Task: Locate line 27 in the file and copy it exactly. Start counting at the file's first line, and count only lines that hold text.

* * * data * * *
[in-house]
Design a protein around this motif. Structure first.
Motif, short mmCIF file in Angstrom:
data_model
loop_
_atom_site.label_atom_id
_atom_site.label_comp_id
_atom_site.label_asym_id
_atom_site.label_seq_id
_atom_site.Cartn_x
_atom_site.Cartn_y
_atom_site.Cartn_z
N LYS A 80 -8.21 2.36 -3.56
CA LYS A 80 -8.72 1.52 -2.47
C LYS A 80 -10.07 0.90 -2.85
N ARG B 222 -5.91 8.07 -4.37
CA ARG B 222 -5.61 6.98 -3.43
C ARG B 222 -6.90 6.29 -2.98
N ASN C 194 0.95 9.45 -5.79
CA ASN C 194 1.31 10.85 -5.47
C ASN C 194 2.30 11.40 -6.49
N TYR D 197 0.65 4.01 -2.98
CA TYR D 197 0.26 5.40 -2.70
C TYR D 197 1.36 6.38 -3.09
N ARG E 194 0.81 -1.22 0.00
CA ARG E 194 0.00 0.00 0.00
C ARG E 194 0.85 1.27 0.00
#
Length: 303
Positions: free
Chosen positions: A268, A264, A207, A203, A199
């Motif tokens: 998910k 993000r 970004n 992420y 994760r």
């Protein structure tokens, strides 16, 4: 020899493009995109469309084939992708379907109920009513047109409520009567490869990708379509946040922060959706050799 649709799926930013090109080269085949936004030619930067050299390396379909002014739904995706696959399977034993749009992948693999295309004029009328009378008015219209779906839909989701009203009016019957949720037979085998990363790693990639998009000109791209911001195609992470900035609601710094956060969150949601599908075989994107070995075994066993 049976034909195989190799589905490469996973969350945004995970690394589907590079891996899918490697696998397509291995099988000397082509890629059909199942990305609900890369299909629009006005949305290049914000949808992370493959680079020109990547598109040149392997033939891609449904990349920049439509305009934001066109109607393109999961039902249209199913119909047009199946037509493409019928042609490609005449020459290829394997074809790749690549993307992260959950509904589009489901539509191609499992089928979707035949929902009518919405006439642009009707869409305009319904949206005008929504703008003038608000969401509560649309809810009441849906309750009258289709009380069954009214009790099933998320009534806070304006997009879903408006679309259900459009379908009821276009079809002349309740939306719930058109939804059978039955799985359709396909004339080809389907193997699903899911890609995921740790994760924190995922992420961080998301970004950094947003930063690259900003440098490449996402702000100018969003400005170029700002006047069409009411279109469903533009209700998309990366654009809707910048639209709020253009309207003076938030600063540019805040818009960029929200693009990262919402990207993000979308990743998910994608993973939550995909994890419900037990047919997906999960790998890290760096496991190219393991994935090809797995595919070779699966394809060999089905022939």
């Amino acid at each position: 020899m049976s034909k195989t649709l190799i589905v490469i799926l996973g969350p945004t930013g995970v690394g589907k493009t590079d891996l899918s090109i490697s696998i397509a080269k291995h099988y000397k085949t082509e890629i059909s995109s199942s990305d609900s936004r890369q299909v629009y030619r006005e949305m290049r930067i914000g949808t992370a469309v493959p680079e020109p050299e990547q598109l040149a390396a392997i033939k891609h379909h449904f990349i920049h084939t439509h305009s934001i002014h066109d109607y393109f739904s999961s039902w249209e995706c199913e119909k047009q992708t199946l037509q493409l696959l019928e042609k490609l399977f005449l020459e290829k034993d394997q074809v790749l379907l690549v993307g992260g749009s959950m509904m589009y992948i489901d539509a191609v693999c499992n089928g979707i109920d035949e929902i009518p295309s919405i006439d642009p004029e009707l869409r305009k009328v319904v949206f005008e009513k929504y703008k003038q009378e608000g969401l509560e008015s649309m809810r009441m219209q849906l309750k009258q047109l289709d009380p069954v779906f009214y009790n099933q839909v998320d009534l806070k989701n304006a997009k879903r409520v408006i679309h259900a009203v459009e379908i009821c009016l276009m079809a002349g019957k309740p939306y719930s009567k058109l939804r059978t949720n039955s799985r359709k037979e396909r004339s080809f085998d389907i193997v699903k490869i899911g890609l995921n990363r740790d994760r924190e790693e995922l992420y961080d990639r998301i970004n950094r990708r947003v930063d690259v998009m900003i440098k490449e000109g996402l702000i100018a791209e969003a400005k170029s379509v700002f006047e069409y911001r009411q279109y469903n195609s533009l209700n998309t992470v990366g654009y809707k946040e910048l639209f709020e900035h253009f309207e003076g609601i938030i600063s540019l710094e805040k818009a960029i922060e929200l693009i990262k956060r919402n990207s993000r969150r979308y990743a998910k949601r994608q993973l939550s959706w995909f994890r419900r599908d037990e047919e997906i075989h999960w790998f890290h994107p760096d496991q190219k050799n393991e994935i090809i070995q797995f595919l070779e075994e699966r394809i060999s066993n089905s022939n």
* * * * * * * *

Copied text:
C ARG E 194 0.85 1.27 0.00